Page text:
Wer
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Wer

Much to the consternation of my friends, the topic concerning film and TV that always comes up is my dismay at the dilution of the creatures that populated horror films of value. Werewolves and vampires have now become the heartthrob post the boys for love-struck teenage girls. Zombies have become so prevalent in the mainstream that groups of people dress up in full zombie regalia and go off on pub crawls. Monsters that frightened us as kids, especially those that populated the Universal Studio creature feature catalog, have been turned into angst riddled overly emotional fops. Thankfully, there are apparently some upcoming filmmakers who apparently have similar buildings in mine. They have been diligently working on bringing the horror back to the genre. The creatures within their movies not written in the pages of a 12-year-old girl’s notebook, surrounded by hearts. They are designed to do what monsters are supposed to do; give you a bit of a jump while watching their films. The burgeoning filmmaker, William Brent Bell, has only a handful of movies to his credit as director/screenwriter, but each one is a return to the more psychological thriller aspect of this genre. A modicum of special effects makeup is integral to his movies. This dependency has been overshadowing horror movies for too long. Mr. Bell restricts the use of effects in his films to punctuate the story, not drive it. His latest opus, ‘Wer,’ is an examination of lycanthropy focusing on the terror it can generate, not the dating potentials.

In the French countryside on the outskirts of Paris, a horrible tragedy occurs. A vacationing family, camping in the woods was brutally slaughtered, literally torn to pieces, and what initially may have been the attack of a large animal. A local man, Talan Gwynek (Brian Scott O'Connor), has been taken into custody suspected of the carnage. Despite the pleas of his mother (Camelia Maxim), that her son is innocent, the detective of the Parisian police, Klaus Pistor (Sebastian Roché), remains unmoved by the maternal display. Kate Moore (A.J. Cook) is currently living in France and is licensed to practice law in the country. She agrees to take on the case, defending the young man. The American accent of the actress is quickly explaining by being born in France, a father being of a French national. Kate lived most of her life in the United States with her mother, but upon her death, she decided to move back to France. Undoubtedly, many will recognize Ms. Cook from a long-standing role as a principal character in the television crime drama, ‘Criminal Minds.’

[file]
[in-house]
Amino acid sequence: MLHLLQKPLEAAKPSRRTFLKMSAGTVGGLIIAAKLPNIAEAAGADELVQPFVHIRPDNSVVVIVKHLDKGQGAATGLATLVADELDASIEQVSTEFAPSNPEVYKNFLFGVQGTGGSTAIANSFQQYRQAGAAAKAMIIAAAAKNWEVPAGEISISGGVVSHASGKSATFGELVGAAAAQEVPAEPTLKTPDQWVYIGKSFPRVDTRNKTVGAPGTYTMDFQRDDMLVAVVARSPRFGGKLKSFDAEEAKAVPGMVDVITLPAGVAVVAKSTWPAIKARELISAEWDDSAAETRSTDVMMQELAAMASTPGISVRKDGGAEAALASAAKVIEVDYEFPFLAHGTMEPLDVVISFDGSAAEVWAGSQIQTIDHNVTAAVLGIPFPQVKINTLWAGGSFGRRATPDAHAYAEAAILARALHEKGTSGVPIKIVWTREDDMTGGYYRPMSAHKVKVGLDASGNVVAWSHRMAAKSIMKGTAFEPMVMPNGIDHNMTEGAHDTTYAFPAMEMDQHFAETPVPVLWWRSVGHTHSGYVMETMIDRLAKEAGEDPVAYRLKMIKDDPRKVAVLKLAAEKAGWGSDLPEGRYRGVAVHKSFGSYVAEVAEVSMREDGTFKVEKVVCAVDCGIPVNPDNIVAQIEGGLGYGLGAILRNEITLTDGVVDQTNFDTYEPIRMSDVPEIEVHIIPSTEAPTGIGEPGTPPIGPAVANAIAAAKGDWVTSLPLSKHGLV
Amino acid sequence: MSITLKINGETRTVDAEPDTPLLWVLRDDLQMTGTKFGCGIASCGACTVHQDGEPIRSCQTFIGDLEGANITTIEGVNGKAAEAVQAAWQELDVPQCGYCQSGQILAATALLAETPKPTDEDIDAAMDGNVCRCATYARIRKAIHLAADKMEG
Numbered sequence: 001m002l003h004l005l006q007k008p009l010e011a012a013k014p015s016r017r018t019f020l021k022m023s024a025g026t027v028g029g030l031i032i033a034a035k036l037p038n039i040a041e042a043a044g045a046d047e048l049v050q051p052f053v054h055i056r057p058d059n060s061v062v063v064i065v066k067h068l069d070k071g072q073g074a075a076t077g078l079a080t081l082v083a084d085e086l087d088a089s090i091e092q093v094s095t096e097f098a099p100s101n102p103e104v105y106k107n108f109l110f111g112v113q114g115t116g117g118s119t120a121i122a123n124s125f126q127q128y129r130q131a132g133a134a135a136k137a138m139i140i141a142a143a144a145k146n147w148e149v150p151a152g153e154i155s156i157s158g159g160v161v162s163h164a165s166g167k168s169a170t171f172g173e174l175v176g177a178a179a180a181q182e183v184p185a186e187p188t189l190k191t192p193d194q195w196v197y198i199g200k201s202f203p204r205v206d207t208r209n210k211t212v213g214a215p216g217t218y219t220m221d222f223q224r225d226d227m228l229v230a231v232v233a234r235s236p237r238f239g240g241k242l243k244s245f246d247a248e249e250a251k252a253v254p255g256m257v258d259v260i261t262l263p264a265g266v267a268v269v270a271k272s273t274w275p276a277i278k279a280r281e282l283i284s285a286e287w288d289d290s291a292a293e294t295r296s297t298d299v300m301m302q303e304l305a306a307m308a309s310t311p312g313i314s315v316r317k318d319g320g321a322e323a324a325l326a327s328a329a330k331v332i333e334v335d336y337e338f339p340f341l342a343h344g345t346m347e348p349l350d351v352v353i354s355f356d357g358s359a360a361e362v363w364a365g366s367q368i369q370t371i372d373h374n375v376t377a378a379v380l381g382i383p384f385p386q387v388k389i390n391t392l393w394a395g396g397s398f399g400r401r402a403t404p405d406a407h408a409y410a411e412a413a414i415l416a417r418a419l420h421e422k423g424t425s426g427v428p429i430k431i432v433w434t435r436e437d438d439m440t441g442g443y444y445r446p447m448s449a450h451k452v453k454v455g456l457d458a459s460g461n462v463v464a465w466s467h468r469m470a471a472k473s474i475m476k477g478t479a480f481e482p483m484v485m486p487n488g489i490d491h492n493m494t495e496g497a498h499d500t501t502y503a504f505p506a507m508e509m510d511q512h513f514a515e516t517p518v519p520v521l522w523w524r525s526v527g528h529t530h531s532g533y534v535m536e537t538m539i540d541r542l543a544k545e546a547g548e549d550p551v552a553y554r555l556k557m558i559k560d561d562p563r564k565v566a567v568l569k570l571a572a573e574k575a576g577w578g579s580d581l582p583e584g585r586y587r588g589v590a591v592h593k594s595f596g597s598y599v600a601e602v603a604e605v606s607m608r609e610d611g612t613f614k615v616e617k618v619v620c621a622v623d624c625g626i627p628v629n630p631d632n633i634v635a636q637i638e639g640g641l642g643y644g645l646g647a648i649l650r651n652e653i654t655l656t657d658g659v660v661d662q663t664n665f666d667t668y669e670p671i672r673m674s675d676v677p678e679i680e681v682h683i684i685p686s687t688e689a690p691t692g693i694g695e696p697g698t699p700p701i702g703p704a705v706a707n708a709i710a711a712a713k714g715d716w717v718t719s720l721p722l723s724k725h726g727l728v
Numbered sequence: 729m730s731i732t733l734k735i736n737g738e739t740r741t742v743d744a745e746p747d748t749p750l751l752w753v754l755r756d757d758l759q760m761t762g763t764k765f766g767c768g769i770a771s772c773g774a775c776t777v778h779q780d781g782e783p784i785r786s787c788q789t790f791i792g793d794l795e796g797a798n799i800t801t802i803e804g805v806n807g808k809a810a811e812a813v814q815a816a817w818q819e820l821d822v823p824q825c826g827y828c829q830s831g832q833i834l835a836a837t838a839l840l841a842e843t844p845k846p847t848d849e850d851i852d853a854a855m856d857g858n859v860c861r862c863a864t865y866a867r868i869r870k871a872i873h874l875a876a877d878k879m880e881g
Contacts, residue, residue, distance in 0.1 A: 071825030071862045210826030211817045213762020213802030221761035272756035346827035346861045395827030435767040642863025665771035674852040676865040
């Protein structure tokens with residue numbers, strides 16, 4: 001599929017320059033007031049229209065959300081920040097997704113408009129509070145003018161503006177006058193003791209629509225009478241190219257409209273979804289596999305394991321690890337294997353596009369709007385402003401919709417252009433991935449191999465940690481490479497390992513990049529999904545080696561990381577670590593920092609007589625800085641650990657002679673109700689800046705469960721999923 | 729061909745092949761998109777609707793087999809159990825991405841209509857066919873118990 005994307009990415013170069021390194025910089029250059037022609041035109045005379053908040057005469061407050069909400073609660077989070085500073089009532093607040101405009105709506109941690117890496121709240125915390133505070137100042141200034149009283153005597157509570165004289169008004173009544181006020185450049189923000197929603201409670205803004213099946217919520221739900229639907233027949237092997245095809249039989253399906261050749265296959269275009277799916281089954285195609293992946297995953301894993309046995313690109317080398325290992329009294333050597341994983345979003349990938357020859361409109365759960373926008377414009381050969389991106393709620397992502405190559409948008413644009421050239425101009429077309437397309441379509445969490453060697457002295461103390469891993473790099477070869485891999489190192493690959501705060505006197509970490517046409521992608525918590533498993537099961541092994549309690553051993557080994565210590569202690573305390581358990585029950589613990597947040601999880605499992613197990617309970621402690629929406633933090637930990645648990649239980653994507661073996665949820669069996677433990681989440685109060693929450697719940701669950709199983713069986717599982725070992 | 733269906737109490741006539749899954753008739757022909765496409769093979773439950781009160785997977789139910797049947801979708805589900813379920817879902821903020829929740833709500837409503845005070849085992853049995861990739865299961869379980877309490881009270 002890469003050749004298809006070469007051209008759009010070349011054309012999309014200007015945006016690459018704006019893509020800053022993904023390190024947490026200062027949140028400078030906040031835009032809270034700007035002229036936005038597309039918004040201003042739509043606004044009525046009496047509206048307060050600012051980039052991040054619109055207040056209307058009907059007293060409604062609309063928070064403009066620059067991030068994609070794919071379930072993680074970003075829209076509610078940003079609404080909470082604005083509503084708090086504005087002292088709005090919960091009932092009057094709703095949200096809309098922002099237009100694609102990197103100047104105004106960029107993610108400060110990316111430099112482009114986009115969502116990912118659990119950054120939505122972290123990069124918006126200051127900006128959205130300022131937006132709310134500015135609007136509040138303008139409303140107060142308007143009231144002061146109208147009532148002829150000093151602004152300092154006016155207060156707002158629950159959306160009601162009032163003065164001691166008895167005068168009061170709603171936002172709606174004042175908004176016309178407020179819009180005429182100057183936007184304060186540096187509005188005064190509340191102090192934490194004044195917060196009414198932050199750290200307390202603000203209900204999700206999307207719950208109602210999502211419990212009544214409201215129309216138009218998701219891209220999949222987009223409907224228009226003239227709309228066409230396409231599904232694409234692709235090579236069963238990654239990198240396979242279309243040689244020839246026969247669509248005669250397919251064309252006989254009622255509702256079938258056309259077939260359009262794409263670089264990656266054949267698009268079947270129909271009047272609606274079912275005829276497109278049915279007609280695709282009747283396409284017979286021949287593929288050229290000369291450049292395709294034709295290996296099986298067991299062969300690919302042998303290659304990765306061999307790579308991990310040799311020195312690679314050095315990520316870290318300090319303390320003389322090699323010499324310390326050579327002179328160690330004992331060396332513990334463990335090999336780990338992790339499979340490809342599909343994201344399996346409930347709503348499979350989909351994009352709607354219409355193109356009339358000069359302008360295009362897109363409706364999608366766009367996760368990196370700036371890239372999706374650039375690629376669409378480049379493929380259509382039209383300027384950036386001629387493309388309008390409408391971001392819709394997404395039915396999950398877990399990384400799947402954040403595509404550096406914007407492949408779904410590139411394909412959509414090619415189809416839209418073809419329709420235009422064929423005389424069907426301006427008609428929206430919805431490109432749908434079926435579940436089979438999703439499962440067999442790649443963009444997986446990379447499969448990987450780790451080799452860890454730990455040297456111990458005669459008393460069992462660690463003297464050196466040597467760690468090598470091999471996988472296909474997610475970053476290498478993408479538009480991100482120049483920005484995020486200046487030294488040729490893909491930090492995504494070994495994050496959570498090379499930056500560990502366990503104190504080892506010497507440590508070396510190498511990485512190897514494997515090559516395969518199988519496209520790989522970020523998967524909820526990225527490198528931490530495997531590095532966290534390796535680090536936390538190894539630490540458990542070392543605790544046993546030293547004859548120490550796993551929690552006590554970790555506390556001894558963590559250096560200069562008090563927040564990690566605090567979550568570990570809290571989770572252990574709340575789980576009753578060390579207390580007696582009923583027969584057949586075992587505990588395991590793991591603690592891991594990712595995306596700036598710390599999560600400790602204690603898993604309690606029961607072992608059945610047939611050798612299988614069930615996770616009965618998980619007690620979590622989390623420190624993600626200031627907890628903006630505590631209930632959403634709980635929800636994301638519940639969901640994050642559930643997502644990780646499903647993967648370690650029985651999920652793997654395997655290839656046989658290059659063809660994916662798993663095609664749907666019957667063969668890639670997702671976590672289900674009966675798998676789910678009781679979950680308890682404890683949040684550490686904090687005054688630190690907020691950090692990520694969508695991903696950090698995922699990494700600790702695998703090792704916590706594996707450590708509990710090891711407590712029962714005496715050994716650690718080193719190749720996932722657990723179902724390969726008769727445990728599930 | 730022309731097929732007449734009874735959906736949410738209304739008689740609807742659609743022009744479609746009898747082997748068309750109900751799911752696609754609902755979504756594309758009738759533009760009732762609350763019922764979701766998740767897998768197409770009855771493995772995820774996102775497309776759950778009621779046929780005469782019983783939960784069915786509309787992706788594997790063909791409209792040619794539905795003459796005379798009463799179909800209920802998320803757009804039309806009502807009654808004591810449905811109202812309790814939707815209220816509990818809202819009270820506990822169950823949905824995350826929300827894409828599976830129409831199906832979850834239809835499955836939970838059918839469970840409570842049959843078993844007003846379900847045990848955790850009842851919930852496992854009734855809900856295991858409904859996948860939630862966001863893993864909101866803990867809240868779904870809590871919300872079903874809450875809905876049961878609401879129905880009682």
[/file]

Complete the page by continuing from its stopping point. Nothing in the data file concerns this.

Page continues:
Employing a narrow standard plot point, the family had been videoing at the time of the attack. This provided a bit of ‘found footage’ that is used to implicate Talan in the crime. This is another example of the ingenuity of this filmmaker. Ever since the ‘Blair Witch Project,’ found footage has been overused, particularly in the horror film category. Similar to how he utilizes makeup and other special effects, Mr. Bell, is one of the few filmmakers who knows how judiciously use commonplace plot devices. The found footage only serves to rationalize why the young man in question is called into the investigation. The majority of the film is shot in the traditional standard. I can only hope that more filmmakers learn this lesson of ‘less is more’ in dealing with such techniques. The mother and the family manage to survive able to identify Talan as host family’s murderer. A description was that of a tall and exceptionally hirsute man; a description perfectly fits Talan. Kate sees how the client is completely be strained, including a gag. Outraged, Kate sites international guidelines for humane treatment of prisoners and orders the measures removed. Talan once freed lunges at Kate and requires several offices to attempt to restrain him. He easily overcomes the officers tossing them about like rag dolls. Before he escapes to the streets, he scratches. Kate’s friend and coworker, Gavin Flemyng (Simon Quarterman), a small event that true to the tenants of a thriller would have major implications later on in the film. If you are special effects are brought out as they see the accused jumping out of a ten story building only the land easily on the ground. His rampage is responsible for ripping apart a few people who get in his way.